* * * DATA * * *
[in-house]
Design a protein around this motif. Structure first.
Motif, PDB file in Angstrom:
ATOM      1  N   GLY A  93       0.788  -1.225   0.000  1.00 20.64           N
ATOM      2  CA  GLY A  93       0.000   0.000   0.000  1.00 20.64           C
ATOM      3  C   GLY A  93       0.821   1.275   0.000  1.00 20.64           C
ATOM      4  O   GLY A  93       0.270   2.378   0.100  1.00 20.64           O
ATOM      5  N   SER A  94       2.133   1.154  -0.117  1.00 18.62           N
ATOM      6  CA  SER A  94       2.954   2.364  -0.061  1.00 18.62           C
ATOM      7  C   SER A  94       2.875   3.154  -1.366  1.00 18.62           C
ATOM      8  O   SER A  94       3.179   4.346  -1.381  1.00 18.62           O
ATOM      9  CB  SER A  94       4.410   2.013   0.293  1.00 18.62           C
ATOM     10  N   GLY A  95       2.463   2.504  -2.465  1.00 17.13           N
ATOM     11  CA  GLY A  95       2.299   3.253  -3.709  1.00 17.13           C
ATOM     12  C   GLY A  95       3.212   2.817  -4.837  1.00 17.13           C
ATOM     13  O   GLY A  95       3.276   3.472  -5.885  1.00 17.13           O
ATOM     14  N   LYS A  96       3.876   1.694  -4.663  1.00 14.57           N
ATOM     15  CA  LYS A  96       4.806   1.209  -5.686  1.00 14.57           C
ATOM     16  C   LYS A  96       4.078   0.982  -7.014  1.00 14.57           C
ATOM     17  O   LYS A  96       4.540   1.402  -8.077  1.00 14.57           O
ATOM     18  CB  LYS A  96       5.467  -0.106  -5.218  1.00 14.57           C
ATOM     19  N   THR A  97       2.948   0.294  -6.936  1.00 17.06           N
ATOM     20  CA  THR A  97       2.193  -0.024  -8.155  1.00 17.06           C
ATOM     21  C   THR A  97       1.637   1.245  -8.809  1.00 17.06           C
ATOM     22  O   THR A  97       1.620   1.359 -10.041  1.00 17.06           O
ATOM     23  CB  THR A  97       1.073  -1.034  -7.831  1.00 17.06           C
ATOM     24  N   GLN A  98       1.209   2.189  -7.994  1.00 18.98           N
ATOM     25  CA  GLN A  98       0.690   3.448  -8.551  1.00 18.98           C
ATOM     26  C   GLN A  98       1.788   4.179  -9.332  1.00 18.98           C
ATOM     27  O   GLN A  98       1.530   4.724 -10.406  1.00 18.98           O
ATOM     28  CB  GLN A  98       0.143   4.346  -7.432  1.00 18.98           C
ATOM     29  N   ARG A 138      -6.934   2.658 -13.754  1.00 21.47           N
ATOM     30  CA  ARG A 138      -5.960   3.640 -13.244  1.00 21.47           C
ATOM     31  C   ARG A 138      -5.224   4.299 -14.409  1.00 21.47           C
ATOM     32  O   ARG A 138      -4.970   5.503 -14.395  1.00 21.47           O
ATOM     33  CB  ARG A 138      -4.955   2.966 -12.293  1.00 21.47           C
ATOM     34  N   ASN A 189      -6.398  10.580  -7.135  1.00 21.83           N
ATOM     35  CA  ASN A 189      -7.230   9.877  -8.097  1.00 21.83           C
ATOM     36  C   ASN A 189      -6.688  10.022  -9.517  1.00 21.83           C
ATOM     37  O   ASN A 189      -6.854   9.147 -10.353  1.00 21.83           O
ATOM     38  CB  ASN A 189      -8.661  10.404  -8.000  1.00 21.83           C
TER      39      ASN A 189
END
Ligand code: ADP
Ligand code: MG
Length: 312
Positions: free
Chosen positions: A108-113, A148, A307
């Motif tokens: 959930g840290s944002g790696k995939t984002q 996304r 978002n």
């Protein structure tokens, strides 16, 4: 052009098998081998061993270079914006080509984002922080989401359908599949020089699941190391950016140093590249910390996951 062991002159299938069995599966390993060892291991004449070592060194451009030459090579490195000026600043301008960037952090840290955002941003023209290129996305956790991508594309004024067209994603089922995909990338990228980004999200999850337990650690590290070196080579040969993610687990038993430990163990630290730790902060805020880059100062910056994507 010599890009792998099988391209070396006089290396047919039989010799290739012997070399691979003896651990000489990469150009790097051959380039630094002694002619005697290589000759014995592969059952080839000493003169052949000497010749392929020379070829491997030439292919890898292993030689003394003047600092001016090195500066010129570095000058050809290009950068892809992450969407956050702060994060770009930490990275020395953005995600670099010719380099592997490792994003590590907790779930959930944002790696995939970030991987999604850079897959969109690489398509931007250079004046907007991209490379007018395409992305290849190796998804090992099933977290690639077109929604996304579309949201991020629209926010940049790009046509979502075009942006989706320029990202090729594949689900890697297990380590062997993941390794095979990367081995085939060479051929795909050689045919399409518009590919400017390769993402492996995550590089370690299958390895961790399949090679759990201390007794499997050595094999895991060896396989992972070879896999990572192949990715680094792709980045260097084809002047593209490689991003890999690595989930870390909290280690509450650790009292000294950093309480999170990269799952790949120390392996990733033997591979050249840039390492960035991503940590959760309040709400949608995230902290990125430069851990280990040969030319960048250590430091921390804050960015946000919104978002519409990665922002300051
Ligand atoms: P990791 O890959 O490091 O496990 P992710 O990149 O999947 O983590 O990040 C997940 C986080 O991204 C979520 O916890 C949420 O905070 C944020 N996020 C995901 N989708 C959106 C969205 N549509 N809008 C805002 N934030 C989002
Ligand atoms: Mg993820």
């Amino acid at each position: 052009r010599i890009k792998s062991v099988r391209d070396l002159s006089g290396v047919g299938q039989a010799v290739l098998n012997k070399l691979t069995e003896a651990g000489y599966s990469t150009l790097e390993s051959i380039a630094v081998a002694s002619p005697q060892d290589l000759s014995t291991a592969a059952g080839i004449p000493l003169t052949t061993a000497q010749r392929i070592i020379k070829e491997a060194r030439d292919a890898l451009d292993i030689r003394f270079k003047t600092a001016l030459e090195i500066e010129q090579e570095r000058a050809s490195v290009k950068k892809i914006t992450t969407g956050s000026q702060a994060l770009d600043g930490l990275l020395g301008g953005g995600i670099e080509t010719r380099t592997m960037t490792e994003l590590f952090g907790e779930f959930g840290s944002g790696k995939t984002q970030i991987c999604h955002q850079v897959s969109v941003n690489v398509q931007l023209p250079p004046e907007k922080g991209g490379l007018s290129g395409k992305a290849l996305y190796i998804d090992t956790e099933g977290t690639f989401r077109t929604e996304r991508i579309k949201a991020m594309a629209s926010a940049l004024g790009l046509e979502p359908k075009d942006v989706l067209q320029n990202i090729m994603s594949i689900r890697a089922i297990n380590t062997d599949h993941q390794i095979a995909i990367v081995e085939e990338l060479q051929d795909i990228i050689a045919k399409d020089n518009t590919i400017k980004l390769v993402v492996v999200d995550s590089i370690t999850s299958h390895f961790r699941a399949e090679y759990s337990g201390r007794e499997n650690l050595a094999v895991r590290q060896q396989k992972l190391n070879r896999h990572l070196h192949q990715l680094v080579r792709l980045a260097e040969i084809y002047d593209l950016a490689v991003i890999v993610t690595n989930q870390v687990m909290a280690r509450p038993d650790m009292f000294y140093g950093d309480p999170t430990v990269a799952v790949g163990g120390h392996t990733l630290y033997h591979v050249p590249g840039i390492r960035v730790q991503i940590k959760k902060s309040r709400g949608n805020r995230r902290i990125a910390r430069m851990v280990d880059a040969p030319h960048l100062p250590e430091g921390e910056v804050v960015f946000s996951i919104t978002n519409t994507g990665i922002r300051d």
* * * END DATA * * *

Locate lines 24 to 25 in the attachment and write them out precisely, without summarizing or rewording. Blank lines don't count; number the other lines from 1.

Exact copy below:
ATOM     21  C   THR A  97       1.637   1.245  -8.809  1.00 17.06           C
ATOM     22  O   THR A  97       1.620   1.359 -10.041  1.00 17.06           O